Plant sea lavender properly
Limonium that has been bought or prepared by hand would like to go into the ground from the beginning of May. So that the mighty taproot can spread quickly there, the lean, sandy-loamy soil in the sunny location is loosened up and weeded. Create a spacious planting pit at a distance of 35-40 cm from the neighboring beds. Clay-concrete earth is enriched with sand or fine grit on this occasion. (12.80 € at Amazon *) Do not plant the potted sea lavender deeper than it was cultivated in the nursery pot.
- Plant sea lavender in your own garden
- The optimal care for the sea lavender
- The sea lavender: hardy in the garden?
The need for care of sea lavender is at the maximum level immediately after planting, and later tends to zero. Since young limoniums move into the garden with a fairly high water requirement, they receive frequent visits with the watering can in the first few weeks. In the further course the rain takes over this work. The entire care program at a glance:
- Only water sea lavender in summer drought
- Apply starter fertilization in May in poor soil
- Alternatively, work in some compost every 30 days from May to August
- Repeatedly clean withered flowers
- Cut back close to the ground in autumn
- In case of winter drought, water a little on frost-free days
In winter gray regions, cover the planting site with brushwood or leaves to protect the root ball from excessive moisture. If Limonium thrives in the pot, place the container in a frost-free room throughout the winter and water it from time to time so that the root ball does not dry out.
Which location is suitable?
A full sun location is entirely to the taste of Limonium species. The sun worshipers do not let up, even during summer heat waves. Thanks to their stability, sea lavenders keep their upright posture even when a strong wind blows. This floral power unfolds in lean, chalky and sandy-dry soil.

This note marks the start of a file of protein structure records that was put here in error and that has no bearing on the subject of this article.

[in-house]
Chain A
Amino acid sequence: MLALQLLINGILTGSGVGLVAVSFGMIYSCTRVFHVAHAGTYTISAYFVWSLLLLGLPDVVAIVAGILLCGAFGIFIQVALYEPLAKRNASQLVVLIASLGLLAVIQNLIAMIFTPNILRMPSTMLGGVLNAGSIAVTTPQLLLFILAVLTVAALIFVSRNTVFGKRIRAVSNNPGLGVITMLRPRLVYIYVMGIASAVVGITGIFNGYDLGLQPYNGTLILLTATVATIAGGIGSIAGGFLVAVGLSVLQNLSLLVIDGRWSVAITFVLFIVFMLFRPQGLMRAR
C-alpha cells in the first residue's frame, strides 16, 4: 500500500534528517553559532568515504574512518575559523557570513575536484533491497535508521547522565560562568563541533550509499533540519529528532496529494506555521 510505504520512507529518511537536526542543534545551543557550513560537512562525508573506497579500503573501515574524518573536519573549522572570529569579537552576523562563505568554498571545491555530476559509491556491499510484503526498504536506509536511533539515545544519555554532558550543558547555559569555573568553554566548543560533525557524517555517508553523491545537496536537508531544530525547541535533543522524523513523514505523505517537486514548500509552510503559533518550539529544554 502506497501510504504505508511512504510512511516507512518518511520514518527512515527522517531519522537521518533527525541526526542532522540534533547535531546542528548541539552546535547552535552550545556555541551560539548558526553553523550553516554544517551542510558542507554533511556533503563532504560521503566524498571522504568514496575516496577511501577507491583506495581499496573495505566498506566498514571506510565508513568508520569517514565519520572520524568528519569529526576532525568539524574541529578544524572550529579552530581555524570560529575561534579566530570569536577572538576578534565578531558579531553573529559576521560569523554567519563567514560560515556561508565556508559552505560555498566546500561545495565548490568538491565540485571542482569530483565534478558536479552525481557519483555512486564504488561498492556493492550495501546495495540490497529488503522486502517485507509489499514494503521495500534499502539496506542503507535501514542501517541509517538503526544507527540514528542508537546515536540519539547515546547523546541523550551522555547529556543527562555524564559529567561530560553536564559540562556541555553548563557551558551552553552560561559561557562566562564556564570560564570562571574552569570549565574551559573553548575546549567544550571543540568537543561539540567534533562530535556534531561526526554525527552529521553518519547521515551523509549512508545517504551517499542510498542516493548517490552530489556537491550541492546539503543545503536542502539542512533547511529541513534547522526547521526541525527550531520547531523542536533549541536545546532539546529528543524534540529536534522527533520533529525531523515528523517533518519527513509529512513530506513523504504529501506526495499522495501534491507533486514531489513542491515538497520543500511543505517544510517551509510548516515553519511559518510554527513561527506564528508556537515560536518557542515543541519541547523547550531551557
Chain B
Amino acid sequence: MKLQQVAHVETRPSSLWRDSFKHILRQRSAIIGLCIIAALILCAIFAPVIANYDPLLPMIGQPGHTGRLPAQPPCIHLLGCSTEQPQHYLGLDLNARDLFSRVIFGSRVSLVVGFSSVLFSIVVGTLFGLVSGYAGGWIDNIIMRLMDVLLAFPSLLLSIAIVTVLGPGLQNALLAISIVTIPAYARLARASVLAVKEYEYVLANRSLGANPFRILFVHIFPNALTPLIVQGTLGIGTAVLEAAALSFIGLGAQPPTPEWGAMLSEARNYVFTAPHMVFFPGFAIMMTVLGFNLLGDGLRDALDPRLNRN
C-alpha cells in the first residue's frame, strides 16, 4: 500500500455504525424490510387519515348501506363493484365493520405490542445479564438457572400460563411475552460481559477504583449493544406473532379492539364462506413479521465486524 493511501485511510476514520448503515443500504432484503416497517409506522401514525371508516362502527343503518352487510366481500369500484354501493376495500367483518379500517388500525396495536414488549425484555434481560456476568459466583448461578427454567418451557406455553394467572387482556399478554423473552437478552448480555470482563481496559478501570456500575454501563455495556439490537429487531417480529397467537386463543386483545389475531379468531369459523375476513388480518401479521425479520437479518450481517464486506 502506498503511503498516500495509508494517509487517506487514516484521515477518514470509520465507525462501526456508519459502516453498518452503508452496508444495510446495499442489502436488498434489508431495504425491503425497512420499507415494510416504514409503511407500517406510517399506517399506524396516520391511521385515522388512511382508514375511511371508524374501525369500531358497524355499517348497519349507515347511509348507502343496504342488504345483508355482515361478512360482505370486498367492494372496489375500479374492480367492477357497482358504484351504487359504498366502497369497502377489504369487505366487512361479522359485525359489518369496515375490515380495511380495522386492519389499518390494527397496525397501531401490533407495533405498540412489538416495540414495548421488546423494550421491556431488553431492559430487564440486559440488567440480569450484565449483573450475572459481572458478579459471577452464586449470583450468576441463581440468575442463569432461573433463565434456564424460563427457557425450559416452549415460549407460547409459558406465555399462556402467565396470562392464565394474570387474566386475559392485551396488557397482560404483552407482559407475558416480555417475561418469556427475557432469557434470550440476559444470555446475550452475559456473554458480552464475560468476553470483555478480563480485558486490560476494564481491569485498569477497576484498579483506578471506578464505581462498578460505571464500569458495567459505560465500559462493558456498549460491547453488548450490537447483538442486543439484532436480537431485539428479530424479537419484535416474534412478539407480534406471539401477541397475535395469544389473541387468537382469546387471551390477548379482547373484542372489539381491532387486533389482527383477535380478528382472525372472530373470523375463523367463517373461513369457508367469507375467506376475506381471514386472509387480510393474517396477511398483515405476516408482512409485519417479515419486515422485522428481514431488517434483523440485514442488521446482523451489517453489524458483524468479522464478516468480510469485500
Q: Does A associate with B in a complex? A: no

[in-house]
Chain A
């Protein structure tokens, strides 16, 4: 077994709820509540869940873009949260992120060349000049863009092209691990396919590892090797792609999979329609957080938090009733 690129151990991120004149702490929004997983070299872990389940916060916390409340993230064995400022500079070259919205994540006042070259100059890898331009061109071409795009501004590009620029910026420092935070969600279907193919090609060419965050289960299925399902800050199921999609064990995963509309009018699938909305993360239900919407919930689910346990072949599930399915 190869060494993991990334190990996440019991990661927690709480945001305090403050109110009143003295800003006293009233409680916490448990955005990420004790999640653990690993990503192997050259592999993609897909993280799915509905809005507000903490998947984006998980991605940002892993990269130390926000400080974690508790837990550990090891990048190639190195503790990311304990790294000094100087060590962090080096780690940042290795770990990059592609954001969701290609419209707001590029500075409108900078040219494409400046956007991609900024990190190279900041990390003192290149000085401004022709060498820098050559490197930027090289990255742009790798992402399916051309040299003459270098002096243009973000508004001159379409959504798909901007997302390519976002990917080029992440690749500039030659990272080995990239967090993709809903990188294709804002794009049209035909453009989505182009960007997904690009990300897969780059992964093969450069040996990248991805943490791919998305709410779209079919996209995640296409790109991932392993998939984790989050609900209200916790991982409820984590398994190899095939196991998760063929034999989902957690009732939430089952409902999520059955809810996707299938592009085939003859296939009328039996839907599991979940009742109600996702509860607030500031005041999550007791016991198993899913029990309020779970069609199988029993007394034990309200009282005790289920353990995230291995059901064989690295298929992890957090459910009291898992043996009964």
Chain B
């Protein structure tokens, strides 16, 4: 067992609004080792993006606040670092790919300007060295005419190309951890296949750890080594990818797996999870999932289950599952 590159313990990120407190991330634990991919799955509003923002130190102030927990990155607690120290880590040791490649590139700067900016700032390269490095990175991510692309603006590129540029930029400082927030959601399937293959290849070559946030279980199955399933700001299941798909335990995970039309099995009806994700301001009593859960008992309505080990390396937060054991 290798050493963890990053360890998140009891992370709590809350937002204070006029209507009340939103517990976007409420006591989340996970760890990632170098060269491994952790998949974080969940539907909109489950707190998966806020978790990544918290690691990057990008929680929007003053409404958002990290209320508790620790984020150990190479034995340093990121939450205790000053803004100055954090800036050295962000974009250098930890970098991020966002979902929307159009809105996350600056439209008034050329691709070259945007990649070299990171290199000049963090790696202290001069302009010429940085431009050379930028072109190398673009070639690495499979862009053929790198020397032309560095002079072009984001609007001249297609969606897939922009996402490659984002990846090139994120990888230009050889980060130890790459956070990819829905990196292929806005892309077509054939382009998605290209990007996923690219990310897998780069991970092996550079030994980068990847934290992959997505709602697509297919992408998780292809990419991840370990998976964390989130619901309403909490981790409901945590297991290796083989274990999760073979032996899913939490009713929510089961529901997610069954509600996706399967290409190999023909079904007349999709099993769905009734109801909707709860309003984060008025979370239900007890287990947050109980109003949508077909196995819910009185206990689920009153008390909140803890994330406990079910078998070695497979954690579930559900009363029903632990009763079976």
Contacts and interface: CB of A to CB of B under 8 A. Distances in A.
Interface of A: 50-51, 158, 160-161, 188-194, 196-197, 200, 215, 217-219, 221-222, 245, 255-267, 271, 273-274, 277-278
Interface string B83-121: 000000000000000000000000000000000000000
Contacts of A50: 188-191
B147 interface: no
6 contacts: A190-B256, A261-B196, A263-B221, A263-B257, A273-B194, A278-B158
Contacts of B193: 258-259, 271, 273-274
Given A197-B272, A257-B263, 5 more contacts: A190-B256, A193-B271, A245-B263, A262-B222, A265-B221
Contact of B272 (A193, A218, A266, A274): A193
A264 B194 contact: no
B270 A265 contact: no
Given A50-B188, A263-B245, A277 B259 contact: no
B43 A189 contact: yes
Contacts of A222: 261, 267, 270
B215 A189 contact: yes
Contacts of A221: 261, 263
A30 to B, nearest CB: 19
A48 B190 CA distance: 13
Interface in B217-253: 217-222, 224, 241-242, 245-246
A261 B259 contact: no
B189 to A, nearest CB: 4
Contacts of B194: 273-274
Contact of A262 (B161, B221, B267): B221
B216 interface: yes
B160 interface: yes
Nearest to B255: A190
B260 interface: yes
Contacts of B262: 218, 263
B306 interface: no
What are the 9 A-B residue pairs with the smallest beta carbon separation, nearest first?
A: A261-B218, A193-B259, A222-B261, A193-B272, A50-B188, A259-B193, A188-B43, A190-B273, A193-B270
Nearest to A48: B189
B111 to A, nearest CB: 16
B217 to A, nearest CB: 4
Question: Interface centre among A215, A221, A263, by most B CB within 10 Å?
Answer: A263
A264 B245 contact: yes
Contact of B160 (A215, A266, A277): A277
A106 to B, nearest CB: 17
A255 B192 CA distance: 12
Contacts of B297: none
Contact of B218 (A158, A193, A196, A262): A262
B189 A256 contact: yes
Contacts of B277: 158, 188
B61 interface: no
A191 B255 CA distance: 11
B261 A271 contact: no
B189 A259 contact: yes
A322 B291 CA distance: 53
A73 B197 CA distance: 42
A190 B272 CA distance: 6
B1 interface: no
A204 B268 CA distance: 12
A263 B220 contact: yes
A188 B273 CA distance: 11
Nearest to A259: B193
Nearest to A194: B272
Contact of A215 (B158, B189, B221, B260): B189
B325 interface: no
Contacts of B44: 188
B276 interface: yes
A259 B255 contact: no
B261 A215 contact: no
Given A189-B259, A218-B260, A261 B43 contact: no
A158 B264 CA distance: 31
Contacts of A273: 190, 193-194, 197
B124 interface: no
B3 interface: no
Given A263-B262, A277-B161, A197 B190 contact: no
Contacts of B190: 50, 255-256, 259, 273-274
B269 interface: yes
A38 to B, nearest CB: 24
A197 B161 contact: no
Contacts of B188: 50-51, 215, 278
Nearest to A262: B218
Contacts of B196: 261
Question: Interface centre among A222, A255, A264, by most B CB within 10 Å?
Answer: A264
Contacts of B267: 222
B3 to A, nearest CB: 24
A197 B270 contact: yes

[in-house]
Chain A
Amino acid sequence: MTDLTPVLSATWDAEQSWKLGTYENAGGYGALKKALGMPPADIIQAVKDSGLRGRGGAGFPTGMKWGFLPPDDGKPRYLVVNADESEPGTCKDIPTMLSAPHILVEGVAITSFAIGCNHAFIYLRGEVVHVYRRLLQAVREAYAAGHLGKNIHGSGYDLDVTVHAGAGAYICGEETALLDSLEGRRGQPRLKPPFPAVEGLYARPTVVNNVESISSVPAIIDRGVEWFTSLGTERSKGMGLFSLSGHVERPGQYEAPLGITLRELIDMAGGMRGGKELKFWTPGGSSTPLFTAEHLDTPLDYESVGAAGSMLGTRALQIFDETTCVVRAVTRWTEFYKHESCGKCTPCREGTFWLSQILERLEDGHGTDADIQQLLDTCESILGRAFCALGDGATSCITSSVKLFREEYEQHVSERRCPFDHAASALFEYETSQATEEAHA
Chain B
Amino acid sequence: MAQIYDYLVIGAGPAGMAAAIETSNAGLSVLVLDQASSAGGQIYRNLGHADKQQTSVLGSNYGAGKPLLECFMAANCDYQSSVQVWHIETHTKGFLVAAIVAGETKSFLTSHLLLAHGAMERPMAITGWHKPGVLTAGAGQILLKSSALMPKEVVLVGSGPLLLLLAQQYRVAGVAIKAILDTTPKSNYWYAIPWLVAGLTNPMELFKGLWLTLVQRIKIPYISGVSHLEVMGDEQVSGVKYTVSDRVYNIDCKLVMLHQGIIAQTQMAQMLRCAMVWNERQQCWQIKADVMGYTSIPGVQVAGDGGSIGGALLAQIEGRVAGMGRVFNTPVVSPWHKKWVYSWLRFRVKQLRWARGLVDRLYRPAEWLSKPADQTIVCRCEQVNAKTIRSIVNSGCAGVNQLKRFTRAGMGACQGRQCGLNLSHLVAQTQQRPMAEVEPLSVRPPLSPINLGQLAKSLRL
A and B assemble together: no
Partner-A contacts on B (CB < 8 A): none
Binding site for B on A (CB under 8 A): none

The correct planting distance
The clump-like and bushy, spreading habit of sea lavender requires an appropriate planting distance of 35 to 40 cm. Compact species, such as North African sea lavender, come into their own at a distance of 30 cm from their neighbors.
What soil does the plant need?
Beach lavender not only provides the most beautiful dried flowers for your bouquets and arrangements. At the same time, the frugal perennial functions as a problem solver for locations with poor, sandy-dry soil. In addition, the soil for sea lavender can be chalky, as is the case in gravel beds or rock gardens. In the bucket, limonium thrives in common potting soil, which is enriched with sand and rock flour (€ 14.95 at Amazon *).
When is the flowering time?
The plant family gives us magnificent species and different flowering times. While the popular broad-leaved sea lavender spreads its flower clouds from May to July, the steppe veil sea lavender is just getting started for a blooming period from July to August. The flower festival is topped by the winged sea lavender, which blooms continuously from May to September.
Cut sea lavender properly
The fragrant inflorescences on wiry stems above the leathery to coarse leaves qualify sea lavender as a premium supplier for dried flowers. Therefore, during the flowering period, the perennial is cut for this purpose exactly when the flowers have just opened. If you want to enjoy the maritime flair all summer long, cut out dead flowers regularly. In autumn, cut the entire perennial to just above the ground and spread a layer of leaves or brushwood over it.